Architect Mohammad Al Asad — who has always been critical of Sweifieh — has something positive to say about the busy Amman neighborhood. He wrote an article in the Jordan Times about a recent visit to the pedestrian zone at Al Wakalat street. Here is one excerpt that caught my attention:
In spite of that, the pedestrian zone was a most pleasant surprise. The fact that there were no cars and the street was for once the undisputed realm of the pedestrian in itself is a wonderful development. What makes the experience successful, however, is more than that. The pedestrian zone functioned as a truly public space in the healthiest sense of the word.
The space of the street was filled with people from all walks of life and from various socio-economic backgrounds. One could see the young and old, male and female, the affluent and not so affluent, the conservatively dressed and those dressed according to the latest fashions, all having a great time in the street. They came together in this space, shared the space, and celebrated the space, all in a spirit of mutual acceptance.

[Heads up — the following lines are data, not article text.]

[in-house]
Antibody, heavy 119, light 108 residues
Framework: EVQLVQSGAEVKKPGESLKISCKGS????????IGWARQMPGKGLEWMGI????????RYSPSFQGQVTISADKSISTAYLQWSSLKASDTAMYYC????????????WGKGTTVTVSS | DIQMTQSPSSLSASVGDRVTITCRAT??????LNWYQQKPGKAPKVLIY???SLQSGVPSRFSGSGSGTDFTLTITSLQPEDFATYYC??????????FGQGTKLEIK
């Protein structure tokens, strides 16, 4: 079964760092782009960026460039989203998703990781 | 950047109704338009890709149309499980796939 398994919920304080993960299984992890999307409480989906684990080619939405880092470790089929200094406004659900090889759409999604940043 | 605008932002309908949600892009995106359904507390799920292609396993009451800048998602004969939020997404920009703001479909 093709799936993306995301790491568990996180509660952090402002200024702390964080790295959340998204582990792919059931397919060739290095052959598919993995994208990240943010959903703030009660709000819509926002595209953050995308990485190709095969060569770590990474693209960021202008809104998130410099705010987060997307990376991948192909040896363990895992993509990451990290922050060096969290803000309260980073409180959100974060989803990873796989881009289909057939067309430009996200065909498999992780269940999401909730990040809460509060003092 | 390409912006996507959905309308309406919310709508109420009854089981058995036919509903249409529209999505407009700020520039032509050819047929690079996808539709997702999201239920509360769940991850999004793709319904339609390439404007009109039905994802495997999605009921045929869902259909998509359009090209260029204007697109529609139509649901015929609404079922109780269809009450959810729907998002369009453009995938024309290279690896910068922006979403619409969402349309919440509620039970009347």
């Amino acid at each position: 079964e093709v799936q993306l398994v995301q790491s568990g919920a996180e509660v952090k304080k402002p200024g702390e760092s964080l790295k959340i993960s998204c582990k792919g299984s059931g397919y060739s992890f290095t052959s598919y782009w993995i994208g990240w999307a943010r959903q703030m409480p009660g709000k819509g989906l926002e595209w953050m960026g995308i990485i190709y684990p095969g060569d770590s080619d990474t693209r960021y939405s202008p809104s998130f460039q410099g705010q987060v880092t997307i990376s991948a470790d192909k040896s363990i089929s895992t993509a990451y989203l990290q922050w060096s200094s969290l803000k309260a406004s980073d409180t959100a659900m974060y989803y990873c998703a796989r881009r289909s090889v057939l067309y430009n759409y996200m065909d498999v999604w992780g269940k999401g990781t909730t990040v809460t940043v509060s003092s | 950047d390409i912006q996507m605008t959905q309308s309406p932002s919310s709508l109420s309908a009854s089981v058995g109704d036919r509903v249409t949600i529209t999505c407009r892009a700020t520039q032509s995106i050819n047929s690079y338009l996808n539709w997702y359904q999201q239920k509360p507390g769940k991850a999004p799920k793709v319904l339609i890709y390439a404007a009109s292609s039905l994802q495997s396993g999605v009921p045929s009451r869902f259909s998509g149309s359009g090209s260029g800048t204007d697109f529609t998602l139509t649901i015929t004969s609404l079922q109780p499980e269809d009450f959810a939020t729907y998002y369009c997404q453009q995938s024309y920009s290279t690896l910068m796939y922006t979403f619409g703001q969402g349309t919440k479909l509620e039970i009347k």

From what I’m reading here it seems like there are some real positive indications that the gap between West and East Amman is beginning to shrink. The problem with Amman has always been a lack of public activities. This kept segments of society segregated, causing a major cultural clash whenever these different social classes intermingled. From what I read, it seems things are changing and that the East is meeting West at last.
To learn more about Al Wakalat Street check out Roba and Lina’s posts.
To add to that- although I’m not sure if I consider these a real sign of shrinking- at the latest Funk On Tour festivals, you could see young adults from all walks of life as well, each absorbed in the music.
“From what I’m reading”…don’t believe what you read. I read and read for 4 years and when I visited…it was all lies!
I wanted to believe, yet I saw the truth…(wow this is the wisest I have sounded in a long time)
What’s more important is to close the financial gap. Even so, 25% of Jordan’s population live in Amman. Some work needs to be done for the remaining 75%